INDIA'S TRADE POLICY
FUTURE ROADMAP FOR TRADE POLICY
Considering the extremely dynamic trade environment across the world, India needs to be proactive to make up for lost opportunities and also stay competitive in futuristic sectors. The contours and direction of policy making will play a major role in this regard. Following should be the major focus areas under the roadmap for trade policy to boost exports:
• India needs to graduate from a subsidy-based regime. As it is, the subsidy regime will regularly be challenged under the WTO now that India has breached the threshold of US$ 1,000 per annum of per capita GNI. The government has to shift its attention towards structural reform measures that boost long-term competitiveness.
• R&D should include product development and its value chain, as well so that the same tax benefit is realized by exports sector. Exporters should be incentivized across the value chain – designing, creating, and marketing new products or existing products with new features.
• Incentivising exporters with greater diversification of both product and market.
• Incentivise thrust sectors like furniture and electrical where India has huge competitive advantage to boost exports
• Assistance in setting up the manufacturing plants in foreign countries: Companies want to tap full potential of their foreign factories. They establish and manage their foreign plants to benefit only from tariff and trade concessions, cheap labor, capital subsidies, benefits of trade agreement and reduced logistics costs.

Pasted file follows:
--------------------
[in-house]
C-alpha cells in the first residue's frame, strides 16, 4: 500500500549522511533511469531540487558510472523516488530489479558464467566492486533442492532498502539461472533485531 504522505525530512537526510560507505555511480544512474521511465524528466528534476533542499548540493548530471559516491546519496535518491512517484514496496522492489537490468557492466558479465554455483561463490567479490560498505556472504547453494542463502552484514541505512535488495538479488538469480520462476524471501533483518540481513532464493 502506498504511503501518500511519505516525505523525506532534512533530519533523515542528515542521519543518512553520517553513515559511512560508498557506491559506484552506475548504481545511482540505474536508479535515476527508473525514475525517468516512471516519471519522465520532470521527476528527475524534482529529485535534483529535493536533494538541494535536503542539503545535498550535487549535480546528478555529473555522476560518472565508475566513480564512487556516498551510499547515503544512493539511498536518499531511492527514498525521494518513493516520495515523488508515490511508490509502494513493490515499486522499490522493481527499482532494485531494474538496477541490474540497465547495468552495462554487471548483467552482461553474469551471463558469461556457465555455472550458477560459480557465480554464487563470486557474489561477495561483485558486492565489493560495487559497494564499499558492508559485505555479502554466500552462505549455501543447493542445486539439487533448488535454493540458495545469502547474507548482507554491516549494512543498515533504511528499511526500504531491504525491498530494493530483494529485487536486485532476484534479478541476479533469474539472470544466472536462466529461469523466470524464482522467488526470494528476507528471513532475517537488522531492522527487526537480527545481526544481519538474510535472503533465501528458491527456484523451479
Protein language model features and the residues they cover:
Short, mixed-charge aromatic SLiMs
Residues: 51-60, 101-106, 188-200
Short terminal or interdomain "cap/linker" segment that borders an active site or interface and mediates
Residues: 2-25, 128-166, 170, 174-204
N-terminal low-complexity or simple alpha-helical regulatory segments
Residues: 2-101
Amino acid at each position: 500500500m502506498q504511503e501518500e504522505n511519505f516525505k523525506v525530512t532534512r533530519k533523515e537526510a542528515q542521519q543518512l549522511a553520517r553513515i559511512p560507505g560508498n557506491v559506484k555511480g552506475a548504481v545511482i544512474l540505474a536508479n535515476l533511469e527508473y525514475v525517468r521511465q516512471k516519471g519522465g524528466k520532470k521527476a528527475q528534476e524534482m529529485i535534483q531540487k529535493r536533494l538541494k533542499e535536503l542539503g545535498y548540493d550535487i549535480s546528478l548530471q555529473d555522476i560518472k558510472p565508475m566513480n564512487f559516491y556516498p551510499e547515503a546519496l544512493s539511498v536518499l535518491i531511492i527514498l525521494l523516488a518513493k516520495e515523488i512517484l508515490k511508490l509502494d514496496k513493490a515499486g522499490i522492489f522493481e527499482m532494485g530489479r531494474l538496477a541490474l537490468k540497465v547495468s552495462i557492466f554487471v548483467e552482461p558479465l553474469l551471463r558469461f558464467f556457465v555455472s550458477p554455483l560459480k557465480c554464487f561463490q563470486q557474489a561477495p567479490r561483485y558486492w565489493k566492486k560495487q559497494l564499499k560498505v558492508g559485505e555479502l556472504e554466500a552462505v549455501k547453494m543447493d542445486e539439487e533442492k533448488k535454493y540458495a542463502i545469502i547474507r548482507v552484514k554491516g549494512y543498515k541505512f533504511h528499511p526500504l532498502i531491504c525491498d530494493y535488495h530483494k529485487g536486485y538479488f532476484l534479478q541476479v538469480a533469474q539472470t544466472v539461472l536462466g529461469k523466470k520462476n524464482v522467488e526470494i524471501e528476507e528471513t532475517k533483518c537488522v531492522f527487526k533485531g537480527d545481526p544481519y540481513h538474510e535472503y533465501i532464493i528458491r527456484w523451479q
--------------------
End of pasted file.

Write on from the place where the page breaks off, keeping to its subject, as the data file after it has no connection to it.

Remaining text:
• Interest subvention should be expanded for the entire MSME sector rather than only for export purposes.
• Implementations of new SEZs, Clusters and Mega Trade Parks for specific HS Chapters 84, 87, 88, 90 and 85. These HS chapters comprise products that contribute 70% of global exports, but India has a very small share.
|India’s export share (%) of world’s export of high end HS Chapters||India’s export share (%) of world exports of Primary HS Chapters|
|84 (0.7%)||02 (3.8%)|
|85 (0.3%)||03 (4.5%)|
|90 (0.4%)||07 (1.8%)|
|89 (1%)||08 (1.5%)|
|87 (1.1%)||09 (6.1%)|
• India should seriously consider product-specific MoUs with different economies to foster exports in diverse regions on demand basis, which won’t be daunting like PTAs and FTAs, which India has been reluctant to sign due to the potential challenge of surging imports. Recently for example, India has signed seven sector-specific MoUs with Kenya to escalate exports and opportunities.
• The Niryat Bandhu Scheme is an initiative taken by the Government of India for mentoring first generation entrepreneurs in the field of international trade. While it is a phenomenal initiative, DGFT can expand the domain of training beyond basics like providing information about country specific and product specific export potential, barriers to trade, etc. Besides this, Demo sessions/ Practical tutorials at certification labs/procedure of packaging, labeling, fumigation from methyl bromide, etc should be provided.
• Globally, there is a discernible shift towards exports via the e-commerce route. The government needs to formulate a comprehensive policy regarding cross-border e-commerce and handhold MSMEs in particular on leveraging the benefits of the same.